Barker, Charles H., PFC

Fallen
 
 Photo In Uniform   Service Details
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Last Rank
Private First Class
Last Service Branch
Infantry
Last Primary MOS
111.10-Infantryman
Last MOS Group
Infantry (Enlisted)
Primary Unit
1953-1953, POW/MIA
Service Years
1952 - 1953

Private First Class



One Overseas Service Bar


 Last Photo   Personal Details 


Home State
South Carolina
South Carolina
Year of Birth
1935
 
This Military Service Page was created/owned by SGT Bruce Murr to remember Barker, Charles H., PFC.

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Casualty Info
Home Town
Six Mile
Last Address
Not Specified

Casualty Date
Jun 04, 1953
 
Cause
Hostile, Died of Wounds
Reason
Gun, Small Arms Fire
Location
Korea
Conflict
Korean War
Location of Interment
Remains Not Recovered, Korea
Wall/Plot Coordinates
Court of the Missing, Honolulu Memorial, Oahu

 Official Badges 

Infantry Shoulder Cord


 Unofficial Badges 




 Military Association Memberships
Congressional Medal Of Honor SocietyKorean War FallenMedal of Honor
  1953, Congressional Medal Of Honor Society
  1953, Korean War Fallen
  2018, Medal of Honor - Assoc. Page

 Photo Album   (More...


 Ribbon Bar

Combat Infantryman 1st Award


 
 Unit Assignments
7th Infantry Division/17th Infantry Regiment7th Infantry DivisionPOW/MIA
  1952-1953, 111.10, 7th Infantry Division/17th Infantry Regiment
  1952-1953, 111.10, 7th Infantry Division
  1953-1953, POW/MIA
 Combat and Non-Combat Operations
  1953-1953 Korean War/Third Korean Winter (1952-53)/Battle of Pork Chop Hill
 Additional Information
Last Known Activity

Charles Heyward Barker (April 12, 1935 - June 4, 1953) was a United States Army soldier in the Korean War who received the U.S. military's highest decoration, the Medal of Honor.



Biography: Born on April 12, 1935, in Pickens County, South Carolina, Barker joined the Army from that county. He served in Korea as a private with Company K of the 17th Infantry Regiment, 7th Infantry Division. During the Battle of Pork Chop Hill on June 4, 1953, near Sokkogae, his platoon was on patrol outside the Pork Chop outpost when they stumbled upon a group of Chinese soldiers digging entrenchments. Barker and another soldier provided covering fire with their rifles and grenades while the rest of the platoon moved to a better position on higher ground. As the fight intensified and ammunition ran low, the platoon was ordered to withdraw to the outpost. Barker volunteered to stay behind and cover the retreat; he was last seen engaging Chinese soldiers in hand-to-hand combat.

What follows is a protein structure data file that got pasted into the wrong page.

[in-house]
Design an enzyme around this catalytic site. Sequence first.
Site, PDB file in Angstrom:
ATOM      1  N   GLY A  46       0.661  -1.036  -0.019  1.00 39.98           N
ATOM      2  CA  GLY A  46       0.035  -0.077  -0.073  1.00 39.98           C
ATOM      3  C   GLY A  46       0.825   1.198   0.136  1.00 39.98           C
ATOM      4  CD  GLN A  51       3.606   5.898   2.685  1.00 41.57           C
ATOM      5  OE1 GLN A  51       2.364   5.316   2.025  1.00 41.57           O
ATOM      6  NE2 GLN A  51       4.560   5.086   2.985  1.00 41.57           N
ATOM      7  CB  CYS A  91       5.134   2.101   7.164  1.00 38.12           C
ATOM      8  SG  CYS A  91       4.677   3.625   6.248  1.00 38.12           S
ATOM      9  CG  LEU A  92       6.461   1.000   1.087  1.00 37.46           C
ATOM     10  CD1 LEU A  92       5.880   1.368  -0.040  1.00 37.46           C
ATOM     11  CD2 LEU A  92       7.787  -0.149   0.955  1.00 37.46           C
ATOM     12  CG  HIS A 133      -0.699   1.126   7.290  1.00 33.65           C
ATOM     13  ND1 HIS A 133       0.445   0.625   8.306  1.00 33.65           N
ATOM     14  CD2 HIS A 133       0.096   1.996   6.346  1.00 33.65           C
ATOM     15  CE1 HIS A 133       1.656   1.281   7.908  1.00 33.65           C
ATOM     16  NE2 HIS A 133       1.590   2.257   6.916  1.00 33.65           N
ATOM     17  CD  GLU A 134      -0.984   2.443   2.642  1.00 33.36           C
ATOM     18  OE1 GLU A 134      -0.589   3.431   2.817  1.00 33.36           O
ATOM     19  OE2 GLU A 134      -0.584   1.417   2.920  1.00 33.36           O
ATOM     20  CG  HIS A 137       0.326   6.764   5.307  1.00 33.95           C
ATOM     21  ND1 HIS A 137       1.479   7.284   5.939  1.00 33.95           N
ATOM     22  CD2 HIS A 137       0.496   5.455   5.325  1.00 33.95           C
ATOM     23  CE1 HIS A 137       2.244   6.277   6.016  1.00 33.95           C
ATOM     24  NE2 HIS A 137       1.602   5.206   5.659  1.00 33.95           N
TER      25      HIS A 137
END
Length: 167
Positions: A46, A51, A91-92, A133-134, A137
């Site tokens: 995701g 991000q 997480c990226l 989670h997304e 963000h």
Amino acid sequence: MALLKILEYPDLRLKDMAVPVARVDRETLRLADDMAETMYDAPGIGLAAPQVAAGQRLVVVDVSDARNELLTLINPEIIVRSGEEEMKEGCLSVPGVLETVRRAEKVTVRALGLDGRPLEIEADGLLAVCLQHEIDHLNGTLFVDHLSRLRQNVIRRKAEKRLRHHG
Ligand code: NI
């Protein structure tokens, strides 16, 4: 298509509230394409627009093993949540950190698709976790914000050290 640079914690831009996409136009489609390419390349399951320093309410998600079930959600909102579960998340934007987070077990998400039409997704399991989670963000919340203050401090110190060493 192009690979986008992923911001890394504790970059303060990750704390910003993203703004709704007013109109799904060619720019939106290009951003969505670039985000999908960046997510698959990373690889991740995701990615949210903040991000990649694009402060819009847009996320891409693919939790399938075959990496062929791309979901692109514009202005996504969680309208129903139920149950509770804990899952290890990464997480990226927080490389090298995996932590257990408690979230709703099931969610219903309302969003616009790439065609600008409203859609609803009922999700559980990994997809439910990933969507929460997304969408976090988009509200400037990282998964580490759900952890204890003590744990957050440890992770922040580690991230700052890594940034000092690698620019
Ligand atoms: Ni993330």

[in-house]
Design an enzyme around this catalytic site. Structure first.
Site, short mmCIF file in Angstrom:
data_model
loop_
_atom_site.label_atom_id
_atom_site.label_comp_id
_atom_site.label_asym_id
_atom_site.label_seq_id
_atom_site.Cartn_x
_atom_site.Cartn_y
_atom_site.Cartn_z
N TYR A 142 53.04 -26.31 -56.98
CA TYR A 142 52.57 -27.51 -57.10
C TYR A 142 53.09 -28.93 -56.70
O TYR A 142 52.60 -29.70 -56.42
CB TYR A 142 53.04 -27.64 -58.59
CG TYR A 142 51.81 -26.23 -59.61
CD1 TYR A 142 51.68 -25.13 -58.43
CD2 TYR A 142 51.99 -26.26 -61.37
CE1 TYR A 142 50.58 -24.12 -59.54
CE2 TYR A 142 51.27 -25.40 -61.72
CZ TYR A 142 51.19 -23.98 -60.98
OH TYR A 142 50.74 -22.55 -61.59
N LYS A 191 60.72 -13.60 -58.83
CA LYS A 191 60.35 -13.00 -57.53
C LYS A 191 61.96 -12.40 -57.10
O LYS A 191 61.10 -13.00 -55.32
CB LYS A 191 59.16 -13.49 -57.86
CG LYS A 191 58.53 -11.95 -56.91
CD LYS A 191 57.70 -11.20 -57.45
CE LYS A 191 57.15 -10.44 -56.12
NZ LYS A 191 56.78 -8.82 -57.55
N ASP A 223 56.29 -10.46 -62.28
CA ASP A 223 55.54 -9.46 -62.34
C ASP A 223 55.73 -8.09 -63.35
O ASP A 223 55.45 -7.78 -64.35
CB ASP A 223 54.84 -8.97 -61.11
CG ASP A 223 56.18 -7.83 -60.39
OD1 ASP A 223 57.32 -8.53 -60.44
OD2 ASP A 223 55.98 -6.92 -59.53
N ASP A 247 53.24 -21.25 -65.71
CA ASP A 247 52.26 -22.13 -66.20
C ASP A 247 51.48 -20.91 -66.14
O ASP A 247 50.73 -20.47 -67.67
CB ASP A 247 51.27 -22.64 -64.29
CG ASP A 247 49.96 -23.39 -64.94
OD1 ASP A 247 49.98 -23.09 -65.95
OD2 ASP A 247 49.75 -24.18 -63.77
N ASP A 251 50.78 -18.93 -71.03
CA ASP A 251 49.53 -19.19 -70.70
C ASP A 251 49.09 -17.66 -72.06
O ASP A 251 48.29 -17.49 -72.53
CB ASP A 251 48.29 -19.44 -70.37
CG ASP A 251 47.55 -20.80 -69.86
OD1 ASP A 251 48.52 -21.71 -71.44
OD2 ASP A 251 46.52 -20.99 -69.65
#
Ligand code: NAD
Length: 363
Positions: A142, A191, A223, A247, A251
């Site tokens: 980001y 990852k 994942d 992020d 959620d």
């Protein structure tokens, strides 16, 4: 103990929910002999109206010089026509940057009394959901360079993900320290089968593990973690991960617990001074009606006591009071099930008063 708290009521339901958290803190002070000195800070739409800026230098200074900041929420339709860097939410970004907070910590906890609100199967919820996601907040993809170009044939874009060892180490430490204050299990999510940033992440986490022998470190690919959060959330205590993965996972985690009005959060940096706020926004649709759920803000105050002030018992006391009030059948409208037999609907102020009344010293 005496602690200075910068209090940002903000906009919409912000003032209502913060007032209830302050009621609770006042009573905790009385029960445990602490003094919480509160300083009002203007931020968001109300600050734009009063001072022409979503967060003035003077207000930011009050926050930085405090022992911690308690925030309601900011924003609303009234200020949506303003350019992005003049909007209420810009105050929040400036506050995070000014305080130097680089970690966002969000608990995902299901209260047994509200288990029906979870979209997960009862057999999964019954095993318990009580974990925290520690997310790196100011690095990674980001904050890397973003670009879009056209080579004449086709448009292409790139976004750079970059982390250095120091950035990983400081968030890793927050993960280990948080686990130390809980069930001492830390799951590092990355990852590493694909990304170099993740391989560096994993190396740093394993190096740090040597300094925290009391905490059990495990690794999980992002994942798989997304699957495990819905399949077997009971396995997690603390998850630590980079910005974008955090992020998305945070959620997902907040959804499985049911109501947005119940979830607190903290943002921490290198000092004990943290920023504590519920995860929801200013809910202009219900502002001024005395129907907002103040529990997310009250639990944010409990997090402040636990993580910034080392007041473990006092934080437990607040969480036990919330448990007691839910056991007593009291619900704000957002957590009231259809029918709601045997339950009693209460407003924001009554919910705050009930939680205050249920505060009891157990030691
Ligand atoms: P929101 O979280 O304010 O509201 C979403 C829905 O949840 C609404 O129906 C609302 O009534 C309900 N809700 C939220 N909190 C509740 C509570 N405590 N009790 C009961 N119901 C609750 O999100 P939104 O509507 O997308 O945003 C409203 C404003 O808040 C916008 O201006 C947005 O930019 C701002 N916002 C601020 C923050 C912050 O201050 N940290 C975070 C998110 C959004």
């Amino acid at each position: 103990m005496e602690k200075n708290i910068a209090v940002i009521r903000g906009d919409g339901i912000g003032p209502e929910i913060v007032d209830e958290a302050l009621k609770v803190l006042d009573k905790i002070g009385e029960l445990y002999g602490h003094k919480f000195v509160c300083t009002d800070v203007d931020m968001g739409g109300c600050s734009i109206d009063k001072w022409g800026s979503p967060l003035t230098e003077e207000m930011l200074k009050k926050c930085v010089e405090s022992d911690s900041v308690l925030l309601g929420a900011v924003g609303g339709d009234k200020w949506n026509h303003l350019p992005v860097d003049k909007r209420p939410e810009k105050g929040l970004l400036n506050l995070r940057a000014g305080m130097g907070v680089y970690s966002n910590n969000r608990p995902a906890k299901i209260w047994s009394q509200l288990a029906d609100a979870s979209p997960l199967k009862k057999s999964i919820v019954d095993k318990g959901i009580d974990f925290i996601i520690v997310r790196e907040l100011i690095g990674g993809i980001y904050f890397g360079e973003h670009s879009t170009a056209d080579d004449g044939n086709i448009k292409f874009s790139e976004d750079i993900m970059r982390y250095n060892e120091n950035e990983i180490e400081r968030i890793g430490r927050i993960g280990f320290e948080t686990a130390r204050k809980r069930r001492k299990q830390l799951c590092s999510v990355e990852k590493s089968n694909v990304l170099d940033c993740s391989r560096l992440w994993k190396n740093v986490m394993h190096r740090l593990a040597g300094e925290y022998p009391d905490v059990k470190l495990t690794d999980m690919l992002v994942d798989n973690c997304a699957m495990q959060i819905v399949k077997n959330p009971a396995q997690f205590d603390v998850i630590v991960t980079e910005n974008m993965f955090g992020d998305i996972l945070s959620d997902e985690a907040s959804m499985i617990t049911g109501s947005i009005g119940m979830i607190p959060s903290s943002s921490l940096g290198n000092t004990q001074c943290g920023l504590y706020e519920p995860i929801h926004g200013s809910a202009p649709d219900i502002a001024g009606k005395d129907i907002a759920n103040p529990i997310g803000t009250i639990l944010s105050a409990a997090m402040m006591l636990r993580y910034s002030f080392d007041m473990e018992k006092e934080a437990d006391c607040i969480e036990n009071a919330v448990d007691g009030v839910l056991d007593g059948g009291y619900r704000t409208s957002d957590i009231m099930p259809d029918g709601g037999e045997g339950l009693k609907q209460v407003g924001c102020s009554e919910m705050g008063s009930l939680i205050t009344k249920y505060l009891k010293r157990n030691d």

Barker was initially classified as missing in action, then declared dead one year after the battle. He was posthumously promoted to private first class and, on June 7, 1955, awarded the Medal of Honor for his actions on Pork Chop Hill.[1]



Medal of Honor citation:  Barker's official Medal of Honor citation reads:



Pfc. Barker, a member of Company K, distinguished himself by conspicuous gallantry and indomitable courage above and beyond the call of duty in action against the enemy. While participating in a combat patrol engaged in screening an approach to "Pork-Chop Outpost," Pfc. Barker and his companions surprised and engaged an enemy group digging emplacements on the slope. Totally unprepared, the hostile troops sought cover. After ordering Pfc. Barker and a comrade to lay down a base of fire, the patrol leader maneuvered the remainder of the platoon to a vantage point on higher ground. Pfc. Barker moved to an open area firing his rifle and hurling grenades on the hostile positions. As enemy action increased in volume and intensity, mortar bursts fell on friendly positions, ammunition was in critical supply, and the platoon was ordered to withdraw into a perimeter defense preparatory to moving back to the outpost. Voluntarily electing to cover the retrograde movement, he gallantly maintained a defense and was last seen in close hand-to-hand combat with the enemy. Pfc. Barker's unflinching courage, consummate devotion to duty, and supreme sacrifice enabled the patrol to complete the mission and effect an orderly withdrawal to friendly lines, reflecting lasting glory upon himself and upholding the highest traditions of the military service.


   
Comments/Citation
Sources:

http://en.wikipedia.org/wiki/Charles_H._Barker
 
   
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